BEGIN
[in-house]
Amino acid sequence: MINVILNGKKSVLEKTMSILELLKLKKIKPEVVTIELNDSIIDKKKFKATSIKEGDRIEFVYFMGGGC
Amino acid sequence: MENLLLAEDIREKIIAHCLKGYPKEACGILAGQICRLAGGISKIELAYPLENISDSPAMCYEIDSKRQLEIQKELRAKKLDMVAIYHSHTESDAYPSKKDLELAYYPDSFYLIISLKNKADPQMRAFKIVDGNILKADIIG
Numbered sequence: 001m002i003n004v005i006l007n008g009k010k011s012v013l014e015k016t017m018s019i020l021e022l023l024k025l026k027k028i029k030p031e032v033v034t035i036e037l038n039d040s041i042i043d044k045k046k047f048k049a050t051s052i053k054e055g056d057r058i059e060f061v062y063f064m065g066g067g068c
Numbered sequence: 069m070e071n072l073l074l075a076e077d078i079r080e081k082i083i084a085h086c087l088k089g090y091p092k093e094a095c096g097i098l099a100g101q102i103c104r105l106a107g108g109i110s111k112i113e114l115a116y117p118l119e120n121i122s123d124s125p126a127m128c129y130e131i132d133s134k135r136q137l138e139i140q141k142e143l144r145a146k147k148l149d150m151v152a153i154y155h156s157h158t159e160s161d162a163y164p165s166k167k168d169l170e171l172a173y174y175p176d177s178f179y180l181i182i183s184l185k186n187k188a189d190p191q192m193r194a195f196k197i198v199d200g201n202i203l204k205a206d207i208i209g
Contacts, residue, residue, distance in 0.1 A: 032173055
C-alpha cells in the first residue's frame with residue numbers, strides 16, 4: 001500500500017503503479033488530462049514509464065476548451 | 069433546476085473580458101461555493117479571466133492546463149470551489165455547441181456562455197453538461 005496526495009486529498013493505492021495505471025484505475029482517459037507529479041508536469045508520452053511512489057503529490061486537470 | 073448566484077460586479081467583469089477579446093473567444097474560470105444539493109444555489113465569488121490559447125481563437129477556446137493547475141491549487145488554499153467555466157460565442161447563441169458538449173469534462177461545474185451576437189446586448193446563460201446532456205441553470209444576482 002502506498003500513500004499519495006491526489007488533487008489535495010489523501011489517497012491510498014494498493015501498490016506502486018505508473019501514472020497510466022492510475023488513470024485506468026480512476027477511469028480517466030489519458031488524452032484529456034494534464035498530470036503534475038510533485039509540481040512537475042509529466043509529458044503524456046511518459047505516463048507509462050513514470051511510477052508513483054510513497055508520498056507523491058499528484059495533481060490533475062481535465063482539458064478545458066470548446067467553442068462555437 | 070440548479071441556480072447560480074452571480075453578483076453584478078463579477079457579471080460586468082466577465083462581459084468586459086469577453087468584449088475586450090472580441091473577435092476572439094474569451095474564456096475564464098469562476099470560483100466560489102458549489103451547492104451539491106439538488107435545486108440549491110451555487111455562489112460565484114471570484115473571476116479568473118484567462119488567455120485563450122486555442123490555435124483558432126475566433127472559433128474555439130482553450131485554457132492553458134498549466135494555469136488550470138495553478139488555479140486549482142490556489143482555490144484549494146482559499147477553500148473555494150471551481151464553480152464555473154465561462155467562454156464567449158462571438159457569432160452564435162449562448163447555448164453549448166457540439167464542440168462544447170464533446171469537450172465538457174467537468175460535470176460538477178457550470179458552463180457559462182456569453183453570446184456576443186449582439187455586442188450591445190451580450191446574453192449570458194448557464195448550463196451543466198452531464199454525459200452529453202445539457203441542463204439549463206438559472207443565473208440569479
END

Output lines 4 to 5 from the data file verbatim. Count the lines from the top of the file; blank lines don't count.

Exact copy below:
Numbered sequence: 001m002i003n004v005i006l007n008g009k010k011s012v013l014e015k016t017m018s019i020l021e022l023l024k025l026k027k028i029k030p031e032v033v034t035i036e037l038n039d040s041i042i043d044k045k046k047f048k049a050t051s052i053k054e055g056d057r058i059e060f061v062y063f064m065g066g067g068c
Numbered sequence: 069m070e071n072l073l074l075a076e077d078i079r080e081k082i083i084a085h086c087l088k089g090y091p092k093e094a095c096g097i098l099a100g101q102i103c104r105l106a107g108g109i110s111k112i113e114l115a116y117p118l119e120n121i122s123d124s125p126a127m128c129y130e131i132d133s134k135r136q137l138e139i140q141k142e143l144r145a146k147k148l149d150m151v152a153i154y155h156s157h158t159e160s161d162a163y164p165s166k167k168d169l170e171l172a173y174y175p176d177s178f179y180l181i182i183s184l185k186n187k188a189d190p191q192m193r194a195f196k197i198v199d200g201n202i203l204k205a206d207i208i209g